Rudel logged 2,530 combat missions, and was granted almost no leave throughout his four years of active duty. Unlike his Allied counterparts, there was no magical number of missions which would mean a furlough home, once attained. For Rudel, as well as for all German pilots, it was a matter of "fly and fight until the war ends, or you are killed": consequently, almost all eventually fell, and today only a tiny handful survive.
Rudel's personal victories as a ground-attack pilot were achieved exclusively against the Soviets, and despite the most primitive conditions imaginable, including operations solely from dirt, mud, and snow covered airfields, his confirmed victories (those witnessed by two or more fellow pilots) include:
* 518+ Tanks
* 700 Trucks
* 150+ Flak and Artillery positions
* 9 Fighter/Ground Attack Aircraft
* Hundreds of bridges, railway lines, bunkers, etc.
* Battleship October Revolution , Cruiser Marat and 70 landing craft
Through direct action, he saved tens of thousands of German infantrymen from certain encirclement and annihilation during the long retreat which began in July 43 and lasted until the war's end, almost two years later.
* Shot down 32 times.
* Innumerable aircraft brought back to base that were later written off, due to heavy combat damage.
* Wounded on many occasions, including the partial amputation of his right leg in the Spring of 45, after which he continued to fly with a prosthetic limb.
March 44: Disaster struck when Rudel landed behind Soviet lines to retrieve a downed German aircrew. Snow and mud bogged down the airplane, making it impossible to take off. Approaching Soviet troops forced everyone to flee on foot, but barring their escape was the 900 foot wide river Dnjestr. The Germans stripped to their long johns, and swam across the ice-clogged river. Rudel's close friend and crewman, Erwin Henstchel, drowned a few feet from the far shore. They had flown 1490 missions together at the time of Hentschel's death. His body was never recovered.
Rudel was pursued by hundreds of Soviet troops who were intent on collecting the 100,000 ruble bounty which Stalin had placed on his head, and he was shot in the shoulder while they chased him with dogs and on horseback. Through incredible ingenuity, audacity, and raw determination, Rudel escaped and made his way, alone and unarmed, back home, despite being more than 30 miles behind Soviet lines when he began his 24 hour trek. He was barefoot and almost naked in the sub-freezing winter weather, without food, compass, or medical attention. His escape stands as the single most legendary example of personal bravery and luck during the Second World War, but he never fully recovered emotionally from Hentschel's death, for which he blamed himself throughout the remainder of his life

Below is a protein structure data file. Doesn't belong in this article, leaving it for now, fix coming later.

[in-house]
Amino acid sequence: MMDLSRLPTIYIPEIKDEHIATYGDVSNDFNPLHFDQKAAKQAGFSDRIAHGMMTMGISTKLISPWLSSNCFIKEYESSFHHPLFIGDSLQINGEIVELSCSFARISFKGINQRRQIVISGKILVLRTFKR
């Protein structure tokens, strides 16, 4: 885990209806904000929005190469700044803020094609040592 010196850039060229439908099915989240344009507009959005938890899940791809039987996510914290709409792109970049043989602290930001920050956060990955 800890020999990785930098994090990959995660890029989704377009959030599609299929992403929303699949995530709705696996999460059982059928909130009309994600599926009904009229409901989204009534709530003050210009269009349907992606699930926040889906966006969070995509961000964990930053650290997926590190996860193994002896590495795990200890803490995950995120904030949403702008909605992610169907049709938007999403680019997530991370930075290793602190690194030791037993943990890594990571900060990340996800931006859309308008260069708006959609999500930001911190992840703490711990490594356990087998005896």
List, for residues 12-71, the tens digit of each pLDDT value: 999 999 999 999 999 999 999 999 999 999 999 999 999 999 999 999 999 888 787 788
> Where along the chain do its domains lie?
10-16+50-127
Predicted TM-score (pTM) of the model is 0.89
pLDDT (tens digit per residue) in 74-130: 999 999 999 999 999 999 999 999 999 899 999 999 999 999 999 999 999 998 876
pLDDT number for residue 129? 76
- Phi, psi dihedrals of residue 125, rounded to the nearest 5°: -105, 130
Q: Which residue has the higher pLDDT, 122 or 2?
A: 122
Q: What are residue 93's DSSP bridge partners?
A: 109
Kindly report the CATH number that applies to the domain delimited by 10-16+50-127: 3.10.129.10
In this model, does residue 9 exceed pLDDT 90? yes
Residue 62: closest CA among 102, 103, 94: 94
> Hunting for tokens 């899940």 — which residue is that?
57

|Hans-Ulrich Rudel (left) with Ernst Gadermann who was Hans-Ulrich Rudel's rear gunner in his Junkers Ju 87 Stuka dive bomber after the death of Henschel in 1944.|
Unlike the situation with the Soviets, German decorations were awarded without regard to rank. And in contrast to the Western Allies, they were never awarded for single acts of conspicuous bravery, but rather for a consistent record of personal gallantry and success in combat. * 15 Jan 42: Knight's Cross.
* Equivalent of the Congressional Medal of Honor or Britain's Victoria Cross.
* 14 Apr 43: Knight's Cross with Oakleaves
* Higher level of above, awarded rarely.
* 25 Nov 44: Knight's Cross with Oakleaves & Swords
* Won by those who had performed the most extreme acts of personal
gallantry on a daily basis. Awarded very rarely: most often posthumously.
* 29 Mar 44: Knight's Cross with Oakleaves, Swords & Diamonds
* Extraordinarily prestigious award... like winning four Congressional Medals of Honor or Victoria Crosses. Back-dated to the time of his escape across the Dnjester when conferred on 25 Nov. * 1 Jan 45: Knight's Cross with Golden Oakleaves, Swords & Diamonds.
Note that the Golden Oakleaves were awarded once during the entire war, the decoration being instituted in answer to Rudel's continuing feats of unprecedented heroism.
Rudel was extremely fortunate to avoid capture by the Soviets, who had put a 100,000 ruble bounty on his head, payable dead or alive. Many other pilots who had the misfortune of being captured by the Soviets, or who were handed over to them by the Americans later, during the Summer of 45, suffered up to 11 years of forced labor in the Siberian gulags after the war. Hundreds of thousands of German soldiers, from generals to privates, died in post-war captivity behind the Iron Curtain. There has never been a complete accounting, and many are still listed by the modern German government as MIAs.
* Joined former members of Focke-Wulf aircraft corporation in Argentina; close personal friend of Juan Peron.
* Despite being disabled, Rudel made a name for himself as a mountaineer in the Andes, even climbing the highest peak in the Americas, Aconcagua (7,020 meters), as well as three times up the highest volcano on Earth, Llullay-Yacu in the Argentine Andes (6,920 meters), the final time to bury a climbing companion who didn't survive the second climb.
* Discrimination against former war heroes forced Rudel to become a ski instructor after returning to Kufstein, Tirol, Austria in the early 1960s.
Hans Ulrich Rudel finally followed Henstchel across the river in the early 1980s.